Of the emails I've received in response to my original post on yoga, a recurring question I get from others similarly convicted is what should we, as Christians, do instead of yoga? What are some alternatives to consider?
I'll start with another Bible reference. This one in Leviticus 17:1-7. Moses writes about the importance of sacrifices being made at the entrance to the tent of meeting in front of God, and not out in the field like the Israelites were in the habit of doing. This was important, because out in the field they offered their sacrifices to demons. They needed to break their old routines. They couldn't pass their old places as God-worship.
We usually need a change of habit to complete the change of heart that God works in our lives.
That was the basic application from my last post. I didn't necessarily quit the stretching that occurs in yoga. I still find health and soul benefits from it and enjoy the calming, quiet practice to pray to God and meditate on His truth.
Instead, I quit my class. The one where it seemed to be too much about the universe and traditional Hinduism. I broke that routine. And after I did and prayed for God's direction, it seemed doing yoga (or stretching, if the term yoga is too contradictory for you) following Biblical principles was possible.
That was my journey. Yours might look different.
That said, here are a few suggestions of what you could do if you too, as a Christian, decide to quit your traditional yoga class. Read God's Word, pray about it, and decide for yourself what He would have you do.
Get a DVD.Not all DVD yoga routines are created equal. Some are certainly going to be traditional following the usual universe talk and Hindu practices. Ask around, do some searches, and check reviews to find a DVD that leaves those things out. One example is the P90X yoga workouts. Tony strictly does the exercise of it, leaving religion out of it.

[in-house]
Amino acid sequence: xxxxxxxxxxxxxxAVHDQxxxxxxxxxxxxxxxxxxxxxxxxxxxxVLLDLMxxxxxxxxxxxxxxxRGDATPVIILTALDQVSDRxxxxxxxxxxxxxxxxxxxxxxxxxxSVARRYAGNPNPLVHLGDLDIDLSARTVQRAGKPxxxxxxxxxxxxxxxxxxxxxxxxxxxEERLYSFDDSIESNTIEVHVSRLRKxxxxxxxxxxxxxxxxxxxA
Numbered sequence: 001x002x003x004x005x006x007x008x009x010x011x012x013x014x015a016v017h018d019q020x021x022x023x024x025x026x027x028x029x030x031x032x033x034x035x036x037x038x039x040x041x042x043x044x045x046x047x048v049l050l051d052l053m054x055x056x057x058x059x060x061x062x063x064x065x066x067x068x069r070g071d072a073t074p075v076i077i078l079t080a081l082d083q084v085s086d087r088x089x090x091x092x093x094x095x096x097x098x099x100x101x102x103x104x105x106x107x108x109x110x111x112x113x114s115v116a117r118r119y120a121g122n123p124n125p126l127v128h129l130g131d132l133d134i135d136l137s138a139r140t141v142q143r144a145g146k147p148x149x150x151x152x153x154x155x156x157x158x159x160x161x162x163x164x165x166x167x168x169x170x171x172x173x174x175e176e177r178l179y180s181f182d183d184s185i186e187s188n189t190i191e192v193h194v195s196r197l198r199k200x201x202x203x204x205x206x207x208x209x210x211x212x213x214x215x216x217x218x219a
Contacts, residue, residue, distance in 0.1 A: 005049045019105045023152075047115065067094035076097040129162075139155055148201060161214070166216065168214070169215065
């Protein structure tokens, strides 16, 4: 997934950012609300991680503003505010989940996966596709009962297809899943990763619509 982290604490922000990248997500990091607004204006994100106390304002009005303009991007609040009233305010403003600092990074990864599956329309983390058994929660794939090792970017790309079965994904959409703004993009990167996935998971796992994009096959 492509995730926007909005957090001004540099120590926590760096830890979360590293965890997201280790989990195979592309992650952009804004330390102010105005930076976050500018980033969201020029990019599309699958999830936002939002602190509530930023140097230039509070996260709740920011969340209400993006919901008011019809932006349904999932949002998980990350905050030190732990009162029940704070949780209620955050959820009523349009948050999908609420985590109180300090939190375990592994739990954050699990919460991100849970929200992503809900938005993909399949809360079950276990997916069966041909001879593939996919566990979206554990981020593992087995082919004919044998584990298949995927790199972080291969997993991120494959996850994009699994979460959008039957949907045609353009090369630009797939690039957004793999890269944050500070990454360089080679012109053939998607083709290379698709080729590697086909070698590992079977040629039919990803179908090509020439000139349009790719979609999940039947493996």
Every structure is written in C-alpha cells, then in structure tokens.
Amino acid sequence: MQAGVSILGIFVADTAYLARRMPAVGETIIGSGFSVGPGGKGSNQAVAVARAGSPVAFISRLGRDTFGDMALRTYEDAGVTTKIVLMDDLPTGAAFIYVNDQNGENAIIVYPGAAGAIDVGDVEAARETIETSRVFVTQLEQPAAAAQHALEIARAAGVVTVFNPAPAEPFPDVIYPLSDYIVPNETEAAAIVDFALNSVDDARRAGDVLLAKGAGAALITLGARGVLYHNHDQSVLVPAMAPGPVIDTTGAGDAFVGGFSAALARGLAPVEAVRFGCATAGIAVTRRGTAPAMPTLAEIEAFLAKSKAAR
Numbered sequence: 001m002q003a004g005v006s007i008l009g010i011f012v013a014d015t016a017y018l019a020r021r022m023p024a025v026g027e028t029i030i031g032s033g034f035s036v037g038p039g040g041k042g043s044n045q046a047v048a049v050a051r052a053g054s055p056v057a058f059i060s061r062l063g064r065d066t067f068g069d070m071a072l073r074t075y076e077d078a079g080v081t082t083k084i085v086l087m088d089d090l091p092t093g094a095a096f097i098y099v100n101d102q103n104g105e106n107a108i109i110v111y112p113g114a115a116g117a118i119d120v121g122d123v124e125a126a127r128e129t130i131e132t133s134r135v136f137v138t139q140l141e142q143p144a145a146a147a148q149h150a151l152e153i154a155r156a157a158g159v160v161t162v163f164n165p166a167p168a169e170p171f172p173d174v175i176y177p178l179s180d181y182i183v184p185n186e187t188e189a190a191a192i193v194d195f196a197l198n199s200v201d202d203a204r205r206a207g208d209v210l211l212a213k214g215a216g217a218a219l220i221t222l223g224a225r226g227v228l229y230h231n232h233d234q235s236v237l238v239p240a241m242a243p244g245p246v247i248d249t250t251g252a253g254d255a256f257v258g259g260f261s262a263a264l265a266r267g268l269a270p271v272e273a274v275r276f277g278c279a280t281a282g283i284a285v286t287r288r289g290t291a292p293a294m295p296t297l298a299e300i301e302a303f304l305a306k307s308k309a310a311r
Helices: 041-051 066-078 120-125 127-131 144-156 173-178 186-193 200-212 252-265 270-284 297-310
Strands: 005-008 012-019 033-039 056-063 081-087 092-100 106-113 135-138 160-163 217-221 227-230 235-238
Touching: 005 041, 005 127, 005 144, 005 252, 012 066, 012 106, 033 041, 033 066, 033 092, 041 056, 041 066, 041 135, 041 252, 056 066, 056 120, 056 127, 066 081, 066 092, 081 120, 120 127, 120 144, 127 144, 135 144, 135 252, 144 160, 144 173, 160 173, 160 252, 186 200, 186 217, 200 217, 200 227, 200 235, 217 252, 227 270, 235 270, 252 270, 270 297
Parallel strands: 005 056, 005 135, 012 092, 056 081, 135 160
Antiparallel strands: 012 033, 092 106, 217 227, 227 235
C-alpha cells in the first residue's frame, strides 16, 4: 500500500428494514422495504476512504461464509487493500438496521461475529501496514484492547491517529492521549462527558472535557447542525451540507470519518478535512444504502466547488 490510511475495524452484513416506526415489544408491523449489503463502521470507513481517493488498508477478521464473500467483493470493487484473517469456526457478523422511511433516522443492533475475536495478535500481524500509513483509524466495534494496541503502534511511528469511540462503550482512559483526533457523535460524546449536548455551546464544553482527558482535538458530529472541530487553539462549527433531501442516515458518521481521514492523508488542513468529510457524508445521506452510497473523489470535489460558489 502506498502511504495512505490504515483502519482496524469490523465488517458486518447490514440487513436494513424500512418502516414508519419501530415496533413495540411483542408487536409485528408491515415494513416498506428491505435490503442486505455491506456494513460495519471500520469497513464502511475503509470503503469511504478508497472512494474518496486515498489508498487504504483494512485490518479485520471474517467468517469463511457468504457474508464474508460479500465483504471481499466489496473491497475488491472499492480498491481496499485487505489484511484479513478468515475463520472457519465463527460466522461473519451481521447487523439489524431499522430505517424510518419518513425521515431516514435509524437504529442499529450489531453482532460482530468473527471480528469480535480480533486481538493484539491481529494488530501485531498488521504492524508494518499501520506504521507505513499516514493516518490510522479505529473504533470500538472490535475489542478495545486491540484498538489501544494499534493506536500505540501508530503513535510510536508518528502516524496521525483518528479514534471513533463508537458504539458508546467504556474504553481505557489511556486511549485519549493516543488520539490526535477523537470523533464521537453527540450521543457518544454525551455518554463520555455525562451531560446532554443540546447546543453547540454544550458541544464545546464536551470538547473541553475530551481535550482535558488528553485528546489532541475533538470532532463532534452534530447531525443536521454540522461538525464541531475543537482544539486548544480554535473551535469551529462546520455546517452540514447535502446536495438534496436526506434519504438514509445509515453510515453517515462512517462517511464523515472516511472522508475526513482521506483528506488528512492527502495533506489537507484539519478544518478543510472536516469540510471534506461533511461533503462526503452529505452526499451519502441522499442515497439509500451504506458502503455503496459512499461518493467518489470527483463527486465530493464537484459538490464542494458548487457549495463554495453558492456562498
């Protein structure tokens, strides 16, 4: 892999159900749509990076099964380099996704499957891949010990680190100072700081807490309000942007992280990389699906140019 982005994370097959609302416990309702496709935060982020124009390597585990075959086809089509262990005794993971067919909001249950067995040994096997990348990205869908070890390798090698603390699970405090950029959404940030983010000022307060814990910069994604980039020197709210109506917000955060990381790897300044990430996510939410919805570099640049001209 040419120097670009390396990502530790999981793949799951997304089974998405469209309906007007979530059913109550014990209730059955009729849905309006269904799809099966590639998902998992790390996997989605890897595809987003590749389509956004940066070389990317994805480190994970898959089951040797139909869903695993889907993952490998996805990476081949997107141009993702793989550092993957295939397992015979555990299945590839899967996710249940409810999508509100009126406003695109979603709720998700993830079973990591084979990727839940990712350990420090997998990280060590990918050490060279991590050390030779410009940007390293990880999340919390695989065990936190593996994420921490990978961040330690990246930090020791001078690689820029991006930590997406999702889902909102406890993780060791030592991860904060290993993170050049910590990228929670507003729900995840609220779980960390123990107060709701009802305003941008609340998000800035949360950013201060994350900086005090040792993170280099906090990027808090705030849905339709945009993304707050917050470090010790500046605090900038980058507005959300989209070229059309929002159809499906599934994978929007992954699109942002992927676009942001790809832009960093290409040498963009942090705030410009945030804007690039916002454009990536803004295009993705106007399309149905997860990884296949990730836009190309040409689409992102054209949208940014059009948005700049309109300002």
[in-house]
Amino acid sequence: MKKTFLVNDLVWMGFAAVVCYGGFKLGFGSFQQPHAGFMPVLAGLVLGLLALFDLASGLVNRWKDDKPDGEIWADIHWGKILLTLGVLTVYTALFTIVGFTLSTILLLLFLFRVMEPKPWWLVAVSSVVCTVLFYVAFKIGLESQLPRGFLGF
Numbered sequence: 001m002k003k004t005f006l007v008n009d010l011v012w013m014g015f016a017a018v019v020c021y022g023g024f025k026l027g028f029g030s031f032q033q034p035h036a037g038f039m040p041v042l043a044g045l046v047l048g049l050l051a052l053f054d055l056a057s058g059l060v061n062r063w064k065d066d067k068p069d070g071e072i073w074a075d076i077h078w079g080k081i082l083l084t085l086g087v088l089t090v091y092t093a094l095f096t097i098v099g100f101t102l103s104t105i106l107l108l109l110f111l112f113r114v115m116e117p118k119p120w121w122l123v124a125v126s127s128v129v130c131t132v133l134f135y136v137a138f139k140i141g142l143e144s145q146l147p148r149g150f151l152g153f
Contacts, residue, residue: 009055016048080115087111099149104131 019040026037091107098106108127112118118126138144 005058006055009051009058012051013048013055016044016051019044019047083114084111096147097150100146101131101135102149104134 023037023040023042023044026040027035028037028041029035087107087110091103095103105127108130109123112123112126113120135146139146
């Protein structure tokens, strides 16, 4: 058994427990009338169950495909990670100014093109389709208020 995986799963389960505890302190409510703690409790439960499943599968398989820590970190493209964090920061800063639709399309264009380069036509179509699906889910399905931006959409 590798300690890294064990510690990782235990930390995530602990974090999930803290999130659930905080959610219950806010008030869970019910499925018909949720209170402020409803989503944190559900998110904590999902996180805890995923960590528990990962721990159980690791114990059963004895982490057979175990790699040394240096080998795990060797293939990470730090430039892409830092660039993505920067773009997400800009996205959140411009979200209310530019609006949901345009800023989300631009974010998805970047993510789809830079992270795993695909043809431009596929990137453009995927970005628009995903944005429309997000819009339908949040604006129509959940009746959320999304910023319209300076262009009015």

Try Holy Yoga.My first experience with Holy Yoga was at a conference a few years ago. We were all Christians, meeting early in the morning for a little calming exercise before the rush of meetings for the day. Praise music and hymns played softly in the background as the instructor lead us in stretching and read from God's Word in between.
And I cried. There I lay on a hotel towel shedding actual tears in the middle of a yoga session. The calming, quiet stretches of yoga have been a helpful addition to my life for a while. And now, the awkward parts of it that weren't Christian were gone. The universe talk was stripped away, and instead of praying quietly in my heart, we were all together in it, music, instructions, and our hearts all in the same place worshiping God.
I haven't done a Holy Yoga session since. But if you're looking for a Christian atmosphere to do yoga, that is one place to look.
Make your own routine.If/when I do "yoga" lately, it's making up my own stretching routine as I go. Whatever postures you know is enough to do on your own. Hold them and breathe deep a few times and go onto the next. You don't have to be a pro or have a perfect flow or venyasa to make up your own yoga/stretching routine in the safety of your home. That way you're in control of the poses, the atmosphere, the music. It's all up to you, and no weird universe talk or Hindu-terminology to cause conflict.